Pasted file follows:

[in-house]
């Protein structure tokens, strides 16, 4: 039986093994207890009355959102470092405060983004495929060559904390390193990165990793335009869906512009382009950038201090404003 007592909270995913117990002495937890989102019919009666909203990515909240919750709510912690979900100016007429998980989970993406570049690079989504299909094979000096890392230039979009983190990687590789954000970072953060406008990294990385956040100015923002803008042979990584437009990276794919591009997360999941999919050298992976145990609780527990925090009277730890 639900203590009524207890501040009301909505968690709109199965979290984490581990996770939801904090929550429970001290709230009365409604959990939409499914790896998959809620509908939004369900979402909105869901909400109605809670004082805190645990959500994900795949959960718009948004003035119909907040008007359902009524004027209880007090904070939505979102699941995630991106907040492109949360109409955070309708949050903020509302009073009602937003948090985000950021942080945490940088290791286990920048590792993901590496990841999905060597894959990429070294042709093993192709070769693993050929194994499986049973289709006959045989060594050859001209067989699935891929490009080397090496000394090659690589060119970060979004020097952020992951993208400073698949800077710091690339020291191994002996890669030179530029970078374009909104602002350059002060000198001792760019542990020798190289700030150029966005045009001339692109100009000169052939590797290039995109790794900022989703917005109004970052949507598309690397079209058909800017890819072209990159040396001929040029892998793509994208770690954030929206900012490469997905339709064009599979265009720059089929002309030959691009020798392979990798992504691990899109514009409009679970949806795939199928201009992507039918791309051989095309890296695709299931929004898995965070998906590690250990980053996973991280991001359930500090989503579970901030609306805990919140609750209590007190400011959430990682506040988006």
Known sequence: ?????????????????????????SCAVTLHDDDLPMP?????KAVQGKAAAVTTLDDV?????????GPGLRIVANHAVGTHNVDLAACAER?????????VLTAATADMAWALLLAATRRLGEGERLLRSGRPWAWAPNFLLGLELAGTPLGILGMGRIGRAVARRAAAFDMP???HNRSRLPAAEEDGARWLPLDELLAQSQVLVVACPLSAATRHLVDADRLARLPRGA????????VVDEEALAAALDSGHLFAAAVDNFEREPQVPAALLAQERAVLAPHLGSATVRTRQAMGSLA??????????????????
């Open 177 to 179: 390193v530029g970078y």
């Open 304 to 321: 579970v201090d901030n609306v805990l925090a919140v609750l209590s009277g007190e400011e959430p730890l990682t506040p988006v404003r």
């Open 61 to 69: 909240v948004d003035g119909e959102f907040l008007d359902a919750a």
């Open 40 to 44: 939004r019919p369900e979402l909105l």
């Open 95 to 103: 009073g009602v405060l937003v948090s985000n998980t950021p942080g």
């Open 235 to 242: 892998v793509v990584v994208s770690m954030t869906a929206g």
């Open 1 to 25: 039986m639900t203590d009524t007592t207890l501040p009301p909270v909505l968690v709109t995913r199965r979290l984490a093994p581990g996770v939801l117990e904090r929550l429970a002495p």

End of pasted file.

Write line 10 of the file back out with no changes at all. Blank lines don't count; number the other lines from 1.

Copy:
């Open 1 to 25: 039986m639900t203590d009524t007592t207890l501040p009301p909270v909505l968690v709109t995913r199965r979290l984490a093994p581990g996770v939801l117990e904090r929550l429970a002495p």